Ant Financial acquires minority stake in fintech Klarna
China’s Ant Financial, the operator of the world’s most popular payment platform, Alipay, is to acquire a minority stake in Swedish fintech Klarna.
In a press release, the company’s CEO Sebastian Siemiątkowski discussed the stake, which is under 1%. “For too long consumers have had to endure non-intuitive, boring and overly complex services when shopping both online and offline. At the heart of this cooperation between Klarna and Alipay is a shared ambition of innovating truly superior shopping experiences and creating destinations of inspiration for consumers across the world. Alipay, and the wider Alibaba Group, have truly set the global pace on retail innovation and the app economy. We are delighted in this confidence shown in Klarna in defining the future of payments and shopping and are very much looking forward to working together further in the future.”
Ant Financial has long been associated with ecommerce giant Alibaba. Alipay, for instance, is the preferred payment method of Alibaba’s marketplaces such as AliExpress. Offering a secure platform for online and mobile payments, it has become exceedingly popular in China. As of 2018, the Financial Times reported that the service boasted 622mn users and handled more than half of the $15.5trn of digital payments taking place in the country.
Spun off from Alibaba in 2010, Ant Financial acquired its current name in 2014, though Alipay remains the name of its subsidiary payments platform. Back in September 2019, Alibaba announced the formal acquisition of a 33% stake.
Fintech unicorn Klarna, meanwhile, has just achieved a figure of over seven million customers in the UK. The $5.5bn-valued company has a total revenue of over $35bn. The digital bank allows for payment in instalments, among other financial services.
Business Chief Legend: Ho Ching, CEO of Temasek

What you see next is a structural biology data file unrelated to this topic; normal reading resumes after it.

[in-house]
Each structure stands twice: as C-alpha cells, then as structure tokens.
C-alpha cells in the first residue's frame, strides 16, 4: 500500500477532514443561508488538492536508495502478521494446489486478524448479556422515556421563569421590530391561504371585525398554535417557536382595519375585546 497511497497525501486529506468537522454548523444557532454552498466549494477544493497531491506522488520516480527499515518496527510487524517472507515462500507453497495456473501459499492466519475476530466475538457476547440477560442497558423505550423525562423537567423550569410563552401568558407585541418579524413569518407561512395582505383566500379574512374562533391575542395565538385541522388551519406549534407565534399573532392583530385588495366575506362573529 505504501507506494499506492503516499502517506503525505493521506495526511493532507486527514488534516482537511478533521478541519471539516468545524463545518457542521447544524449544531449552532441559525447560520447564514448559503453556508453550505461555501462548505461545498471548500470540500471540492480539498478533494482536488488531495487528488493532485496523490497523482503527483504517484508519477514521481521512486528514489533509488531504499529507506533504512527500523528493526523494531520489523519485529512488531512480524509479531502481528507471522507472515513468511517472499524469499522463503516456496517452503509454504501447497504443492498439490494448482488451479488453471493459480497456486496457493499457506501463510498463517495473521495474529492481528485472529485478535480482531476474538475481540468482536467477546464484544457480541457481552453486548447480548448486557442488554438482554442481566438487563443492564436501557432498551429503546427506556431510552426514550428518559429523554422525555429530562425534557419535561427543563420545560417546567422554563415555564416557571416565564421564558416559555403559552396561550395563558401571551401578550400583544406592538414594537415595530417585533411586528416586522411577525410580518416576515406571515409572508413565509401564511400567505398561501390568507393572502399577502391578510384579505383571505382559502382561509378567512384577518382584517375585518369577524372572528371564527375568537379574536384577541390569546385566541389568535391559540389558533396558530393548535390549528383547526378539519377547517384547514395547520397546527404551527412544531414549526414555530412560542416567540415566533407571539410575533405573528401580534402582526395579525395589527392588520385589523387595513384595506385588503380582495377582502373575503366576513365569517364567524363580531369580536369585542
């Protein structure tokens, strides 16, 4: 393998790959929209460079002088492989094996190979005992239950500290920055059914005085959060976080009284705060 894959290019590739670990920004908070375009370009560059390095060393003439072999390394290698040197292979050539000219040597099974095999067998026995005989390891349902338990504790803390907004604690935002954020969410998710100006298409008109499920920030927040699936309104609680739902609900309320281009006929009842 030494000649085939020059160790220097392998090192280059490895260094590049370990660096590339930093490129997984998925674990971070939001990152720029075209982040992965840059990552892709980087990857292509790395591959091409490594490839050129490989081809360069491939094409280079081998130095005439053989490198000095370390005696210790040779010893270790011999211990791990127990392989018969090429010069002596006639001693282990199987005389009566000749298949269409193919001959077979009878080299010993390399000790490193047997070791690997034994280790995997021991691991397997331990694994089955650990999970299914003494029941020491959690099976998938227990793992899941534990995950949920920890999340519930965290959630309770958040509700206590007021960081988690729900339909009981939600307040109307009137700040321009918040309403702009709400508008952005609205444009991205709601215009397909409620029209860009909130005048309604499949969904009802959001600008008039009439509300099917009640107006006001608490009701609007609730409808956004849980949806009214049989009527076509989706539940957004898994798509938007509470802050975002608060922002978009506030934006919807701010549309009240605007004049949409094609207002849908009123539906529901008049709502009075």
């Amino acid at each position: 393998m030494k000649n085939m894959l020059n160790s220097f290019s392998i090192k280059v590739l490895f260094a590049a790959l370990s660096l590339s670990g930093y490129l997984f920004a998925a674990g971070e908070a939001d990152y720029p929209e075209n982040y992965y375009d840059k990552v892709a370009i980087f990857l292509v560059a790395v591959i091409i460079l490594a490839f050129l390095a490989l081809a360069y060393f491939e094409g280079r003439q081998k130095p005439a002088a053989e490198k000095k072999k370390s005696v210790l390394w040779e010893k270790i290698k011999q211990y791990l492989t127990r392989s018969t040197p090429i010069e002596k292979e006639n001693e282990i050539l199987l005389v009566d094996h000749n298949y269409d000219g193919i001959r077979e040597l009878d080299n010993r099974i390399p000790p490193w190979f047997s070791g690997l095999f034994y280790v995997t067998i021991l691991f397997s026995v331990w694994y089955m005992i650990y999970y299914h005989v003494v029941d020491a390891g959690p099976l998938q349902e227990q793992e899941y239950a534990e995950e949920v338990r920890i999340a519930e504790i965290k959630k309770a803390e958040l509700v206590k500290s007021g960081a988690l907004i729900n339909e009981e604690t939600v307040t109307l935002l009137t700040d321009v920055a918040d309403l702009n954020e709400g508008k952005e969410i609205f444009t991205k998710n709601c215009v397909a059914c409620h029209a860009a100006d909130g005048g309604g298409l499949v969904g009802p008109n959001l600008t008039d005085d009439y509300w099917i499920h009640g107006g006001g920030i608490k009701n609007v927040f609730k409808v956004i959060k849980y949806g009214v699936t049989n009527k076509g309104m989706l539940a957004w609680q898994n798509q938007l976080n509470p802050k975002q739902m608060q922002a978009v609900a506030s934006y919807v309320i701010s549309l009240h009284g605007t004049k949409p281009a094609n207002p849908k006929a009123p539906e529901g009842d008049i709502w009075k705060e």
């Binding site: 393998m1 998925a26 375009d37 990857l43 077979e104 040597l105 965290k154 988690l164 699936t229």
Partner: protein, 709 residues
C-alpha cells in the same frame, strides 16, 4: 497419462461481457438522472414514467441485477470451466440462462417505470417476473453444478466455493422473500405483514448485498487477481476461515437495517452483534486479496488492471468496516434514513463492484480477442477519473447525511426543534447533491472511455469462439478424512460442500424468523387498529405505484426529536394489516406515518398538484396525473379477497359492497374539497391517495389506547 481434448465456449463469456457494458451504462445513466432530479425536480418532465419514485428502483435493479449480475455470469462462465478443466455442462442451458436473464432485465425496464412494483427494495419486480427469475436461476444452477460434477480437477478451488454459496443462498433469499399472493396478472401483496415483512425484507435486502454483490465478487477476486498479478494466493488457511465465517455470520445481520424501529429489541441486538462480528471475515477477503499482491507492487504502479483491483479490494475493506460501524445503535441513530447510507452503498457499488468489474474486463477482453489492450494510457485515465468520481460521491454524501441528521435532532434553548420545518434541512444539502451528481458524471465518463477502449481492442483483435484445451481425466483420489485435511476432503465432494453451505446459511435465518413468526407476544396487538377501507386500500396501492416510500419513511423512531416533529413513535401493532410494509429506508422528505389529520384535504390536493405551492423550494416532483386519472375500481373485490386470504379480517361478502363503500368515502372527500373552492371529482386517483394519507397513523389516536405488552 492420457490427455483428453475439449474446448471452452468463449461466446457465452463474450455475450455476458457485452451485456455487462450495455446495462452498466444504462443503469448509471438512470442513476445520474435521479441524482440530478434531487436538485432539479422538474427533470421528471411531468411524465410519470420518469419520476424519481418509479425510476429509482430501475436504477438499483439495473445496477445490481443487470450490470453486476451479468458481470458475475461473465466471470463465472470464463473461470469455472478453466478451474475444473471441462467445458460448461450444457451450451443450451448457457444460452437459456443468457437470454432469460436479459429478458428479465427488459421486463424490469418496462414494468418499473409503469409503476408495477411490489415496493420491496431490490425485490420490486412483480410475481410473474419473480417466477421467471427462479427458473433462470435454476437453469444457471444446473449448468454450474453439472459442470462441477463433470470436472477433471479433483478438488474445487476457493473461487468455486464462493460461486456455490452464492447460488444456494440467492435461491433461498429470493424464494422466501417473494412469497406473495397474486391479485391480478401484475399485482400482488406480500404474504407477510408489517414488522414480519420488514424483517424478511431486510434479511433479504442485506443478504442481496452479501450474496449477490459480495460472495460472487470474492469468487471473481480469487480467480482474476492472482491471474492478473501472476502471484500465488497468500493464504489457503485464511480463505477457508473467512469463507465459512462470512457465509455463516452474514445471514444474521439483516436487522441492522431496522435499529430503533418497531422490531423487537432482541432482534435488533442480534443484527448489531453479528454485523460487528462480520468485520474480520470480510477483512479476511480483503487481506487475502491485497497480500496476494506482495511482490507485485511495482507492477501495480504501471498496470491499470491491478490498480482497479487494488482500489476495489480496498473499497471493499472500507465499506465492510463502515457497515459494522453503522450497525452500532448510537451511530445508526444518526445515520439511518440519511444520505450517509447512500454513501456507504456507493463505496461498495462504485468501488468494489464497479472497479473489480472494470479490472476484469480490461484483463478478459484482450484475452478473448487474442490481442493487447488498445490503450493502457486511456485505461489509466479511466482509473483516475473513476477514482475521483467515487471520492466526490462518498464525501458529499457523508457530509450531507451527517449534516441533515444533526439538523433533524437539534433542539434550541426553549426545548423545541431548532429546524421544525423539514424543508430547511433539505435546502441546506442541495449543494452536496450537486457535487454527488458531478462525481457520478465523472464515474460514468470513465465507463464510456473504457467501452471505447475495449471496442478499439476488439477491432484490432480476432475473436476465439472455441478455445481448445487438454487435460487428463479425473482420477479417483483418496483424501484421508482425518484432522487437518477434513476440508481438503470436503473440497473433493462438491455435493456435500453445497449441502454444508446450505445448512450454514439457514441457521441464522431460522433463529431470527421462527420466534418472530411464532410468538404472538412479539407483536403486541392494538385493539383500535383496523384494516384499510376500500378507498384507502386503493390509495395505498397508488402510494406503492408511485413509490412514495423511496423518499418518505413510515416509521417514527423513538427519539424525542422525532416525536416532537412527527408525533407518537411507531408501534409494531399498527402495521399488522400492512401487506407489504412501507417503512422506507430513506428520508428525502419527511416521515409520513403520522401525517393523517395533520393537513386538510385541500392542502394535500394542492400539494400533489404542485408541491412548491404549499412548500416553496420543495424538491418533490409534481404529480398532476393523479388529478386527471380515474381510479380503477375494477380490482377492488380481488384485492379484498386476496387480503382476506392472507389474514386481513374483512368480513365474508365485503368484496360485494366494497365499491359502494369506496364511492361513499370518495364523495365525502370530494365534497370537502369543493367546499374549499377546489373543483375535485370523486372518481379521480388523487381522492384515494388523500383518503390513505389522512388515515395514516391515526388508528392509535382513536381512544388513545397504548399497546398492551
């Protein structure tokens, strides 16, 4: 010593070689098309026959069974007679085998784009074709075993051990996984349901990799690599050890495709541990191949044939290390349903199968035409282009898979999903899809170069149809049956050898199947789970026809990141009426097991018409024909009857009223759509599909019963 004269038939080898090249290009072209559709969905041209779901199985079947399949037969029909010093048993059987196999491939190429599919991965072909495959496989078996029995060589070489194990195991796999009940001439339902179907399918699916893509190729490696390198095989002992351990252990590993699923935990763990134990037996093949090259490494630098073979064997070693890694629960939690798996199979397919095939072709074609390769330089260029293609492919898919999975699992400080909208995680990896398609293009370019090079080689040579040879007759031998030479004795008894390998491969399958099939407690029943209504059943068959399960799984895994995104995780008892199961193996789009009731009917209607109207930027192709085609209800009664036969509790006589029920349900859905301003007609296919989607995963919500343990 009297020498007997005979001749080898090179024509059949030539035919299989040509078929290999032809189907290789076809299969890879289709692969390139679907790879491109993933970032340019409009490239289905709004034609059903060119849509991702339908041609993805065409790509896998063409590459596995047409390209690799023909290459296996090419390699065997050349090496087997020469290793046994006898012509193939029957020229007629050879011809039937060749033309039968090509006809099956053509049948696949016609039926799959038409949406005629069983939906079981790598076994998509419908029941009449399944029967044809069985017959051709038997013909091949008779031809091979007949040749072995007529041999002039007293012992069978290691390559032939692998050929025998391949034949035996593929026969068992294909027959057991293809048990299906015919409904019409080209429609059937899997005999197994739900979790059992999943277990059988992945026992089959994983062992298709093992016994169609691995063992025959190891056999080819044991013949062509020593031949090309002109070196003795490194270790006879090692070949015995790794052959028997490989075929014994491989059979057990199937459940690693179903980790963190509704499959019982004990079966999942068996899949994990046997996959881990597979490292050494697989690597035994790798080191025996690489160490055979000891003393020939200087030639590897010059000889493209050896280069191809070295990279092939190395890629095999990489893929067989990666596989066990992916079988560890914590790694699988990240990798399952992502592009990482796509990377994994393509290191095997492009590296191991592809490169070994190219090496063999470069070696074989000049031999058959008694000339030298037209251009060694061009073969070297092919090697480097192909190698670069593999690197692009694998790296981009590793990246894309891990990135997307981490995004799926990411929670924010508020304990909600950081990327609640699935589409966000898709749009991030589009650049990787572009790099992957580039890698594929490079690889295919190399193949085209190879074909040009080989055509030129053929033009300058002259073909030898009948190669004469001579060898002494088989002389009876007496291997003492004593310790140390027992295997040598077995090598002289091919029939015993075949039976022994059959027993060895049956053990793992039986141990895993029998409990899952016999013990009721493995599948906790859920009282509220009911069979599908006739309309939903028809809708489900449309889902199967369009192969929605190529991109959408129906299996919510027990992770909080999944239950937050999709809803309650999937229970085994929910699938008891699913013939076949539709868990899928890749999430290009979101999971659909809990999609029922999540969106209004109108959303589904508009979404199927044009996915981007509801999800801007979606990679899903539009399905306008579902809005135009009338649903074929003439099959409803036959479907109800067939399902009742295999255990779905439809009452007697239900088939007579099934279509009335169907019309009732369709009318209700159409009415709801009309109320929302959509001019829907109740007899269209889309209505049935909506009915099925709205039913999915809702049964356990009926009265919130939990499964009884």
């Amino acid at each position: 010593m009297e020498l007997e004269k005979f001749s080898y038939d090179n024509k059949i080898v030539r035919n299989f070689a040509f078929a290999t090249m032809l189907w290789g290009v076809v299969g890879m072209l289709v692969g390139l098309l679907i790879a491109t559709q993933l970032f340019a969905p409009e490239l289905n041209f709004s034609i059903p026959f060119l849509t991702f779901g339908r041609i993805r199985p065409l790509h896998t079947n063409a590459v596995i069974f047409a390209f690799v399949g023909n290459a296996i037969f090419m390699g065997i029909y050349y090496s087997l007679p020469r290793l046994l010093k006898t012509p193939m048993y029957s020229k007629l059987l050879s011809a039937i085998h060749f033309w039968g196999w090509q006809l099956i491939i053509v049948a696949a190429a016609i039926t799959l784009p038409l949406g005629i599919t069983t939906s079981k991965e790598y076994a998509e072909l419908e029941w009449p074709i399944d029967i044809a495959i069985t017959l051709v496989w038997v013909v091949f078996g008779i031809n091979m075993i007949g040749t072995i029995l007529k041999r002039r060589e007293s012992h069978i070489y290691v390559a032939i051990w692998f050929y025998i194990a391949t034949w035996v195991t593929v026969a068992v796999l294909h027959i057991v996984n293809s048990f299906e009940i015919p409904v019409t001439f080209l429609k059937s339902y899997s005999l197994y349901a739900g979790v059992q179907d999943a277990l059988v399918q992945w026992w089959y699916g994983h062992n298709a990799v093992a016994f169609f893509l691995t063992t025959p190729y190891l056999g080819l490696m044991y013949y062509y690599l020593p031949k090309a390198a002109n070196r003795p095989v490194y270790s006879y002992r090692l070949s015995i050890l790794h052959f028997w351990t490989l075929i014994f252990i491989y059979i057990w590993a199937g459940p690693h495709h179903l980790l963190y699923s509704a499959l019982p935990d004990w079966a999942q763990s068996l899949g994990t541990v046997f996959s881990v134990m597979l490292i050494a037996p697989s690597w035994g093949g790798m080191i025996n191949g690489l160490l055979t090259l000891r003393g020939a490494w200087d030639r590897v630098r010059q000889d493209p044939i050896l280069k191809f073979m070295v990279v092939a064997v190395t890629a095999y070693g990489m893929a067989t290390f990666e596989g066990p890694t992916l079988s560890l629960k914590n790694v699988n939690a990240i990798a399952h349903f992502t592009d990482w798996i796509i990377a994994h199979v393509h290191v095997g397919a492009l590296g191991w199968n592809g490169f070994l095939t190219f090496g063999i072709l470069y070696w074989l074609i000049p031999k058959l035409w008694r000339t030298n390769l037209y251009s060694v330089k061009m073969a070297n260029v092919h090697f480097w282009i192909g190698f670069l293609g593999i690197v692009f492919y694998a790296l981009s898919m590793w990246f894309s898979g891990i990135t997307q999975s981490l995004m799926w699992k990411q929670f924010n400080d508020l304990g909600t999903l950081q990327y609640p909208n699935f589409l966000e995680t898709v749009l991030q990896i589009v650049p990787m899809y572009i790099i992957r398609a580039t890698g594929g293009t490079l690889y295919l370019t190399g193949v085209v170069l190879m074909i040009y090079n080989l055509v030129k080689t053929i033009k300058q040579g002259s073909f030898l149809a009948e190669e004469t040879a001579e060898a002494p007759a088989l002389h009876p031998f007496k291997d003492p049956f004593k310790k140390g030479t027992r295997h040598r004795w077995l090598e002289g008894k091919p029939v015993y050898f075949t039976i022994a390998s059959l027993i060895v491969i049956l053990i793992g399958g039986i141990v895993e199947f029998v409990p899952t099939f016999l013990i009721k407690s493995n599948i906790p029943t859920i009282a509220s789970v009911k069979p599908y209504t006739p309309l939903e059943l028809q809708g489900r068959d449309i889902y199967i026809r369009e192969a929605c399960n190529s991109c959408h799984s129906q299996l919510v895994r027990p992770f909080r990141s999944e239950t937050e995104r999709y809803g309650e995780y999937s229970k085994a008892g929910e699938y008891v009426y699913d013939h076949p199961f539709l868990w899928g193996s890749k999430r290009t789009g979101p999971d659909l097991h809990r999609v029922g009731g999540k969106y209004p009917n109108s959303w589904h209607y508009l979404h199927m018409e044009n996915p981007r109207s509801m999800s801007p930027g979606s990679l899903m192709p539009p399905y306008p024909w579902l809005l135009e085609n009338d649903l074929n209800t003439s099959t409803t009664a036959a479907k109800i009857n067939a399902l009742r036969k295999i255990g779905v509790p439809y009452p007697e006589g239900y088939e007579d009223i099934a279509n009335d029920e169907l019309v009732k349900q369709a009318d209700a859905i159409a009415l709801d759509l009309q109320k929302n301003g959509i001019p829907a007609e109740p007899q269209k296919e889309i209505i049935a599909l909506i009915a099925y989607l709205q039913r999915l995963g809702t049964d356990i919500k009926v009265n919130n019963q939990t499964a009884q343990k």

Ask Singaporeans who Ho Ching is, and the majority will answer the ‘wife of Prime Minister Lee Hsien Loong’. And that’s certainly true. However, she’s also the CEO of Temasek Holdings, Singapore’s sovereign wealth fund, and one of the world’s largest investment companies.
Well, she is until October 1, 2021, as she recently announced she would be retiring following 16 years as CEO of the investment giant.
Since taking the reins in 2004, two years after joining Temasek as Executive Director, Ho has gradually transformed what was an investment firm wholly owned by Singapore’s Government into an active investor worldwide, splashing out on sectors like life sciences and tech, expanding its physical footprint with 11 offices worldwide (from London to Mumbai to San Francisco) and delivering growth of US$120 billion between 2010-2020.
Described by Temasek chairman Lim Boon Heng as having taken “bold steps to open new pathways in finding the character of the organisations”, Ho is credited with building Temasek’s international portfolio, with China recently surpassing Singapore for the first time.
As global a footprint as Ho may have however, she has her feet firmly planted on Singapore soil and is committed to this tiny city-state where she was not only educated (excluding a year at Stanford) but has remained throughout her long and illustrious career – first as an engineer at the Ministry of Defence in 1976, where she met her husband, and most notably as CEO of Singapore Technologies, where she spent a decade, and where she is credited with repositioning and growing the group into the largest listed defence engineering company in Asia.
It’s little wonder Ho has featured on Forbes’ annual World’s Most Powerful Women list for the past 16 years, in 2007 as the third most powerful woman in business outside the US, and in 2020 at #30 worldwide.
But it’s not all business. Ho has a strong track record in Singapore public service, serving as chairman of the Singapore Institute of Standards and Industrial Research and as deputy chairman of the Economic Development Board; and is a committed philanthropist with a focus on learning difficulties and healthcare.
As the pandemic kicked off, she not only led active investments in technology and life sciences, with German COVID-19 vaccine developer BioNTech among the most recent additions to Temasek’s portfolio, but through the Temasek Foundation – the firm’s philanthropic arm which supports vulnerable groups close to Ho’s heart, handed out hand sanitiser and face masks.
So, you would be forgiven for thinking that at age 68, Ho might simply relax. But in March 2021, just as she announced her retirement from Temasek, Ho joined the Board of Directors of Wellcome Leap, a US-based non-profit organisation that’s dedicated to accelerating innovations in global health. Not ready to put her firmly grounded feet up yet it seems.